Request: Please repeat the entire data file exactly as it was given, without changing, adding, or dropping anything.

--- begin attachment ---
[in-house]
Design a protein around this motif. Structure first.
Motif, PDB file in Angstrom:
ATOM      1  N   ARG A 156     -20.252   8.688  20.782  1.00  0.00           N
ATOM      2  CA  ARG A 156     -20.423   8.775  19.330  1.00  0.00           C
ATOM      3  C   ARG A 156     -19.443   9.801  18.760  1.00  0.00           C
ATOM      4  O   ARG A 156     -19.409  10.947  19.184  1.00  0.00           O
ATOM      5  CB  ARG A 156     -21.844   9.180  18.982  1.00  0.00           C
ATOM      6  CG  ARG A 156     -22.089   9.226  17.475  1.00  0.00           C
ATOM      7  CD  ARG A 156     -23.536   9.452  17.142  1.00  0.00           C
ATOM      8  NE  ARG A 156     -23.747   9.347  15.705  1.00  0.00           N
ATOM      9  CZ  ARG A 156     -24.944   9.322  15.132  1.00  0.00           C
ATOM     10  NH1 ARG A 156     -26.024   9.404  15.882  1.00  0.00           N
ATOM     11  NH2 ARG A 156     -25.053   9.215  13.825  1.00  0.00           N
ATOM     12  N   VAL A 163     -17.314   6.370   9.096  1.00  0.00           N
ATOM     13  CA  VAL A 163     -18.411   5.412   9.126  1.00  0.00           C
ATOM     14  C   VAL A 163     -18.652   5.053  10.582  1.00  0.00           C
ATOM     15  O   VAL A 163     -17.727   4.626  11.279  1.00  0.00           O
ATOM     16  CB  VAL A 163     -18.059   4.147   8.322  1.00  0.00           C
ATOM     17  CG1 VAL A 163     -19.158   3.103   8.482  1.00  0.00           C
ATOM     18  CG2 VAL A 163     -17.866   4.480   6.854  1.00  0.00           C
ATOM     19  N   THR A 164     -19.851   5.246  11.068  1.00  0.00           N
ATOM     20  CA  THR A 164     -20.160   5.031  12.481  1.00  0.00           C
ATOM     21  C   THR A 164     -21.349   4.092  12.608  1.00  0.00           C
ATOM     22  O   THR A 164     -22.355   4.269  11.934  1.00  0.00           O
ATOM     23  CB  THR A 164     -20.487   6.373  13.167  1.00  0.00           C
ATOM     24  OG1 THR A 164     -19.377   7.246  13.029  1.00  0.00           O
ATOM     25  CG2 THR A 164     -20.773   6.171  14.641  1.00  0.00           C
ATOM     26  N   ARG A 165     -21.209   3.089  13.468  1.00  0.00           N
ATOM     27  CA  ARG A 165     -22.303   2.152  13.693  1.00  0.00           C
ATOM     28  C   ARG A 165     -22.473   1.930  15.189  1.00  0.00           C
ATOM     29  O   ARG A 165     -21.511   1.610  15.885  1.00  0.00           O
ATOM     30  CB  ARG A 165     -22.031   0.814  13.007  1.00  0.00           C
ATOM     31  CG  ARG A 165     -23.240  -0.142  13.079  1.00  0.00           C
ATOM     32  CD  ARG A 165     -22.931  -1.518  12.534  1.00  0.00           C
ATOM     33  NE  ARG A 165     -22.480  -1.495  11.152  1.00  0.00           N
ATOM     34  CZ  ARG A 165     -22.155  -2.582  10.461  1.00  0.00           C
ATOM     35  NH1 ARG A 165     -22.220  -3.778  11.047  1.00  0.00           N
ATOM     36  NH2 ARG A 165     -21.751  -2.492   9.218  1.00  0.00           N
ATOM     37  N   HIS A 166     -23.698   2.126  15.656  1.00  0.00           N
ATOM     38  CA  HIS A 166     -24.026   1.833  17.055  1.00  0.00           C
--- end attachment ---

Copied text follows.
[in-house]
Design a protein around this motif. Structure first.
Motif, PDB file in Angstrom:
ATOM      1  N   ARG A 156     -20.252   8.688  20.782  1.00  0.00           N
ATOM      2  CA  ARG A 156     -20.423   8.775  19.330  1.00  0.00           C
ATOM      3  C   ARG A 156     -19.443   9.801  18.760  1.00  0.00           C
ATOM      4  O   ARG A 156     -19.409  10.947  19.184  1.00  0.00           O
ATOM      5  CB  ARG A 156     -21.844   9.180  18.982  1.00  0.00           C
ATOM      6  CG  ARG A 156     -22.089   9.226  17.475  1.00  0.00           C
ATOM      7  CD  ARG A 156     -23.536   9.452  17.142  1.00  0.00           C
ATOM      8  NE  ARG A 156     -23.747   9.347  15.705  1.00  0.00           N
ATOM      9  CZ  ARG A 156     -24.944   9.322  15.132  1.00  0.00           C
ATOM     10  NH1 ARG A 156     -26.024   9.404  15.882  1.00  0.00           N
ATOM     11  NH2 ARG A 156     -25.053   9.215  13.825  1.00  0.00           N
ATOM     12  N   VAL A 163     -17.314   6.370   9.096  1.00  0.00           N
ATOM     13  CA  VAL A 163     -18.411   5.412   9.126  1.00  0.00           C
ATOM     14  C   VAL A 163     -18.652   5.053  10.582  1.00  0.00           C
ATOM     15  O   VAL A 163     -17.727   4.626  11.279  1.00  0.00           O
ATOM     16  CB  VAL A 163     -18.059   4.147   8.322  1.00  0.00           C
ATOM     17  CG1 VAL A 163     -19.158   3.103   8.482  1.00  0.00           C
ATOM     18  CG2 VAL A 163     -17.866   4.480   6.854  1.00  0.00           C
ATOM     19  N   THR A 164     -19.851   5.246  11.068  1.00  0.00           N
ATOM     20  CA  THR A 164     -20.160   5.031  12.481  1.00  0.00           C
ATOM     21  C   THR A 164     -21.349   4.092  12.608  1.00  0.00           C
ATOM     22  O   THR A 164     -22.355   4.269  11.934  1.00  0.00           O
ATOM     23  CB  THR A 164     -20.487   6.373  13.167  1.00  0.00           C
ATOM     24  OG1 THR A 164     -19.377   7.246  13.029  1.00  0.00           O
ATOM     25  CG2 THR A 164     -20.773   6.171  14.641  1.00  0.00           C
ATOM     26  N   ARG A 165     -21.209   3.089  13.468  1.00  0.00           N
ATOM     27  CA  ARG A 165     -22.303   2.152  13.693  1.00  0.00           C
ATOM     28  C   ARG A 165     -22.473   1.930  15.189  1.00  0.00           C
ATOM     29  O   ARG A 165     -21.511   1.610  15.885  1.00  0.00           O
ATOM     30  CB  ARG A 165     -22.031   0.814  13.007  1.00  0.00           C
ATOM     31  CG  ARG A 165     -23.240  -0.142  13.079  1.00  0.00           C
ATOM     32  CD  ARG A 165     -22.931  -1.518  12.534  1.00  0.00           C
ATOM     33  NE  ARG A 165     -22.480  -1.495  11.152  1.00  0.00           N
ATOM     34  CZ  ARG A 165     -22.155  -2.582  10.461  1.00  0.00           C
ATOM     35  NH1 ARG A 165     -22.220  -3.778  11.047  1.00  0.00           N
ATOM     36  NH2 ARG A 165     -21.751  -2.492   9.218  1.00  0.00           N
ATOM     37  N   HIS A 166     -23.698   2.126  15.656  1.00  0.00           N
ATOM     38  CA  HIS A 166     -24.026   1.833  17.055  1.00  0.00           C